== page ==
The kids finished their work early today — they seem to be getting better at just sitting down and working through the material. Tonight at dinner, Mr. December announced that N has finished his “Geometry and Measurement” workbook. “N’s almost achieved the goal we set for him,” he continued as we cheered.
“Abba, when I reach the goal you’ve set for me, can I do less work every day?” K asked hopefully.
“Um… maybe,” Mr. December said, and went over to jump on the trampoline with E.
K confided in me that she wanted to do less math work so she could do more art; I pointed out that there are plenty of hours in the day, and she could do both. She shrugged — apparently she wouldn’t like it if it was yet another demand on her time.
I’ve been reading a book called The Brave Learner, and one of the main points is that the children learn by watching their adults learn. I decided to try out some of the author’s suggestions.
“I think I’ll go get my sketchbook,” I said.
“Why?” asked K.
Fighting back my snarky side, I said, “I dunno, I just want to draw something.”
“Well, if you’re doing that I guess I’ll get mine too.” Bingo!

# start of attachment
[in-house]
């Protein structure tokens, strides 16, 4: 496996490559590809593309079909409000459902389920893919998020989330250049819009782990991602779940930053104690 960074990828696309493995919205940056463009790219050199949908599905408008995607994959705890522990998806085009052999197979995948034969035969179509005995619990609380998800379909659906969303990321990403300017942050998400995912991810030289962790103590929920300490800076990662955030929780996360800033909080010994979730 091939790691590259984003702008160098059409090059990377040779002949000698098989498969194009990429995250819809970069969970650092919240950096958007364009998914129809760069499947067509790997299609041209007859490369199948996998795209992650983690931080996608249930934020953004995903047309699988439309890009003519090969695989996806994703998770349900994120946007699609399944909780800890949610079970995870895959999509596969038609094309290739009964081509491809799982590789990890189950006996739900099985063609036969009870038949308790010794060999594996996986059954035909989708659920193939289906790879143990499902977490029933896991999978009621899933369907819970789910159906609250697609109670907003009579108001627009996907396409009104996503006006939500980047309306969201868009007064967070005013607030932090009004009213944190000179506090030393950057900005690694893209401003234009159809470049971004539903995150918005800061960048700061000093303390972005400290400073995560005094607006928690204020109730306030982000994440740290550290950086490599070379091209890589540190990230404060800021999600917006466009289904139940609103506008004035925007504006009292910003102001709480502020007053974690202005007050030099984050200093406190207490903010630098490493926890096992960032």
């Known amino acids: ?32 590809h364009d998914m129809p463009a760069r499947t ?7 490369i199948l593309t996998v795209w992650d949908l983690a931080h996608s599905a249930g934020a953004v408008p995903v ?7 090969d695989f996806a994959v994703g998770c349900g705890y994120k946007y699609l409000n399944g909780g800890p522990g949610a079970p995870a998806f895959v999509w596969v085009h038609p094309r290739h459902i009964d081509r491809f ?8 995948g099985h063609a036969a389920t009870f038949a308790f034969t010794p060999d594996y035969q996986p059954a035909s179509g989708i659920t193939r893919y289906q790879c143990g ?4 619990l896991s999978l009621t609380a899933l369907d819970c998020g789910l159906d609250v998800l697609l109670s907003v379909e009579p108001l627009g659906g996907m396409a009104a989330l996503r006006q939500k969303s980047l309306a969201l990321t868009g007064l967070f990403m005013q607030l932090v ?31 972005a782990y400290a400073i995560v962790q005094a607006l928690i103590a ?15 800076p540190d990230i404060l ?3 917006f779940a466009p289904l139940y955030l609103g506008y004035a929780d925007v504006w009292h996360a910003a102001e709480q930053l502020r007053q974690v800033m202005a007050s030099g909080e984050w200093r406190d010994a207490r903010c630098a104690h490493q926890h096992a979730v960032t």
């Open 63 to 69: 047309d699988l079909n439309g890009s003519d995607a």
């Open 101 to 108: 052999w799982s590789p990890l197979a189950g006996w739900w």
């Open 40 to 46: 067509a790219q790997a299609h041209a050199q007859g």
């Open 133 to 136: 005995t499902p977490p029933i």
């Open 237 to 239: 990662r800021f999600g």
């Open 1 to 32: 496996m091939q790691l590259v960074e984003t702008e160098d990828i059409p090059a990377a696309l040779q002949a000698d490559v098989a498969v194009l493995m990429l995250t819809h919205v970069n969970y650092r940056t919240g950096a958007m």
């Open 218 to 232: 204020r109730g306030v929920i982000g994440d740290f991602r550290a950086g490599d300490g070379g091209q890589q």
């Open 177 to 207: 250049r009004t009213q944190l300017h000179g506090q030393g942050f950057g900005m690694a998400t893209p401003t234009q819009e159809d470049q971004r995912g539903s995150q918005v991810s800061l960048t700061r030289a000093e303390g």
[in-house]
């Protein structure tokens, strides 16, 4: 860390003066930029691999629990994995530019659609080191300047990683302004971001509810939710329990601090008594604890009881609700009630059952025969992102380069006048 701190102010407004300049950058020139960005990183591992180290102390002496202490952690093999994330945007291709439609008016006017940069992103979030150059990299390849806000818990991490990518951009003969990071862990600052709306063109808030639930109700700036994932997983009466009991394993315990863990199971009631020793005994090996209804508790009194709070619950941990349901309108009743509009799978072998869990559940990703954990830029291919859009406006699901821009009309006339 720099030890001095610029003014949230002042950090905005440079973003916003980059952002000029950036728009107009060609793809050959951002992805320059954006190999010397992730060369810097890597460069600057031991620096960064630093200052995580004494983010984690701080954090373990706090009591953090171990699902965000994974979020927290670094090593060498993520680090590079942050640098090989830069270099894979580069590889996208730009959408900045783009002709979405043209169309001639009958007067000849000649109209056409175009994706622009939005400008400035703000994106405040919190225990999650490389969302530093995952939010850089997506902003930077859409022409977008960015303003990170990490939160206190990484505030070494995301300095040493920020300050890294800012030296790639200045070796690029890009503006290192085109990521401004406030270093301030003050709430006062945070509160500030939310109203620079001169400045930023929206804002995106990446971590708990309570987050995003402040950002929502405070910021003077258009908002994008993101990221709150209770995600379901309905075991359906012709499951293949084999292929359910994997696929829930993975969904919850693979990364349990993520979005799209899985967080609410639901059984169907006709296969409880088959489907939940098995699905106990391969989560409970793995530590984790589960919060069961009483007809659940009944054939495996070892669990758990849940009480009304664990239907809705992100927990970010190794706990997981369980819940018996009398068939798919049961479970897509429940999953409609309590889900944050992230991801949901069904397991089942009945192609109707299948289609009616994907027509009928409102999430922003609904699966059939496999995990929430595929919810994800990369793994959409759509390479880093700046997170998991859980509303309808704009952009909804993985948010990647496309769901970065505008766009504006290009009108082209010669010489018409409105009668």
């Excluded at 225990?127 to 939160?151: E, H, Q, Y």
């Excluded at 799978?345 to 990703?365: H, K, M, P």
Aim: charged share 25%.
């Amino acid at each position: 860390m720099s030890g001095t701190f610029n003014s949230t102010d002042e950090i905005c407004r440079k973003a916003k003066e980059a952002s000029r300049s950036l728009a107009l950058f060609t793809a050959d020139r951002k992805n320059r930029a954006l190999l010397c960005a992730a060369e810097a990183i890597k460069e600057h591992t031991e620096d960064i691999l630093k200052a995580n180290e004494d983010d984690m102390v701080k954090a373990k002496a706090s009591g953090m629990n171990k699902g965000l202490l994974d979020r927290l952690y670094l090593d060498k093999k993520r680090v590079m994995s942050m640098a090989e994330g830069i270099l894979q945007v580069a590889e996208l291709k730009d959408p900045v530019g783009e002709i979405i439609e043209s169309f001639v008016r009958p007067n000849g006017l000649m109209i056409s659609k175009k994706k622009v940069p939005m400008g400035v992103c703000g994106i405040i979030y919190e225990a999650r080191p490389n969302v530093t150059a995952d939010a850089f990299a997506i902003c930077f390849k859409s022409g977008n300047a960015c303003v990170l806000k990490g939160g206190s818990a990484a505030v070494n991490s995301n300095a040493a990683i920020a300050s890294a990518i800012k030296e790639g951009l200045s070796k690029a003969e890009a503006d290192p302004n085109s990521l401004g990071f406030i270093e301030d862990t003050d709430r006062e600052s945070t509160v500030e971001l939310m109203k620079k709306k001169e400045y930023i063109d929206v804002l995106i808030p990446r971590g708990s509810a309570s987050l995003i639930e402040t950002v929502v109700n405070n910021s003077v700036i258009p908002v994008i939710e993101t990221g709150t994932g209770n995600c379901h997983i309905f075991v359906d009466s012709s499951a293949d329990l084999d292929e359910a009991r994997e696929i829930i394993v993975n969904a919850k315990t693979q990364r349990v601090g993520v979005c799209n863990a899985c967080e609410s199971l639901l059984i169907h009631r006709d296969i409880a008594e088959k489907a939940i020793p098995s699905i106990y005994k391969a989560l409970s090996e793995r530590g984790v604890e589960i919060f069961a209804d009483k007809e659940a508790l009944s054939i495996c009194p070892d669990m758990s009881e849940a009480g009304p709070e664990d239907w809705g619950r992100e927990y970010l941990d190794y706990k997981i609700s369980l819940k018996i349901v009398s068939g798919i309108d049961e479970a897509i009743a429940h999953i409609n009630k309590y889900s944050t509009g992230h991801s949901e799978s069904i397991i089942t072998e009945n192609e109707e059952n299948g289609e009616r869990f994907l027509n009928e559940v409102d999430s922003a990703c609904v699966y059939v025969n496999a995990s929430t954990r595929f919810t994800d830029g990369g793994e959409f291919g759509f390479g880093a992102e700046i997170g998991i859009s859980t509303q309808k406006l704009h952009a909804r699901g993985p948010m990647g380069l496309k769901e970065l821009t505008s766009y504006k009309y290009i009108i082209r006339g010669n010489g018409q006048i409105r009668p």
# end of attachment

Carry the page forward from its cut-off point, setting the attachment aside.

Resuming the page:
We sat on the small deck at the bottom of our garden and began to draw. I recruited R to model for me. K drew R as well, but as a Manga character. We chatted as we drew, and I stopped a couple of times to show K how to draw the parts that had her stumped (bent legs, shoes, and hands.) At one point R ran back inside and returned with her own sketchbook and a container of pencil crayons (coloured pencils for the non-Canadians.) We drew for over an hour, with R asking for guidance on appropriate clothing for the setting and time period of her drawing. Does that count as a partial history lesson?
Anyhow, it was a very sweet and peaceful activity for us. Now I just have to convince Mr. December that this has academic value: hand-eye coordination to improve their writing, drawing shapes to improve their spatial awareness and knowledge of geometry, people’s clothing and furniture as an expression of different periods in history.
And, of course, the contemplation and patience that drawing requires, not to mention the value of creating art for art’s sake. But ever the engineer, Mr. December won’t be swayed by that, so I probably shouldn’t be leading with it.
When is the last time you drew something?